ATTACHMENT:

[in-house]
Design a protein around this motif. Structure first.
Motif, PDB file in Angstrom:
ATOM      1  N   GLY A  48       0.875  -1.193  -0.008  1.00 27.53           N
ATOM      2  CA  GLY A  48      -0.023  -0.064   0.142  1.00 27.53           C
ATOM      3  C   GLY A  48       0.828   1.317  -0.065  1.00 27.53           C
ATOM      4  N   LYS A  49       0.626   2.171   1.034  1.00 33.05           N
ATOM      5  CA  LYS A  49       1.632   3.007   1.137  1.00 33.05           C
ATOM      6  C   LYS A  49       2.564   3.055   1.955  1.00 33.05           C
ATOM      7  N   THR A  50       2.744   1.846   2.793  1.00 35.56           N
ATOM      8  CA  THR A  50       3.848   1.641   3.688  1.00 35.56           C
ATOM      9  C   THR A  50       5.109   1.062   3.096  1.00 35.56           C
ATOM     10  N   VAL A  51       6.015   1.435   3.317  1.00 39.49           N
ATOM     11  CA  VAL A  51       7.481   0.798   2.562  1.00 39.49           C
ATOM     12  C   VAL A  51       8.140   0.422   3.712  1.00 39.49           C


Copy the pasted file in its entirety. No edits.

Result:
[in-house]
Design a protein around this motif. Structure first.
Motif, PDB file in Angstrom:
ATOM      1  N   GLY A  48       0.875  -1.193  -0.008  1.00 27.53           N
ATOM      2  CA  GLY A  48      -0.023  -0.064   0.142  1.00 27.53           C
ATOM      3  C   GLY A  48       0.828   1.317  -0.065  1.00 27.53           C
ATOM      4  N   LYS A  49       0.626   2.171   1.034  1.00 33.05           N
ATOM      5  CA  LYS A  49       1.632   3.007   1.137  1.00 33.05           C
ATOM      6  C   LYS A  49       2.564   3.055   1.955  1.00 33.05           C
ATOM      7  N   THR A  50       2.744   1.846   2.793  1.00 35.56           N
ATOM      8  CA  THR A  50       3.848   1.641   3.688  1.00 35.56           C
ATOM      9  C   THR A  50       5.109   1.062   3.096  1.00 35.56           C
ATOM     10  N   VAL A  51       6.015   1.435   3.317  1.00 39.49           N
ATOM     11  CA  VAL A  51       7.481   0.798   2.562  1.00 39.49           C
ATOM     12  C   VAL A  51       8.140   0.422   3.712  1.00 39.49           C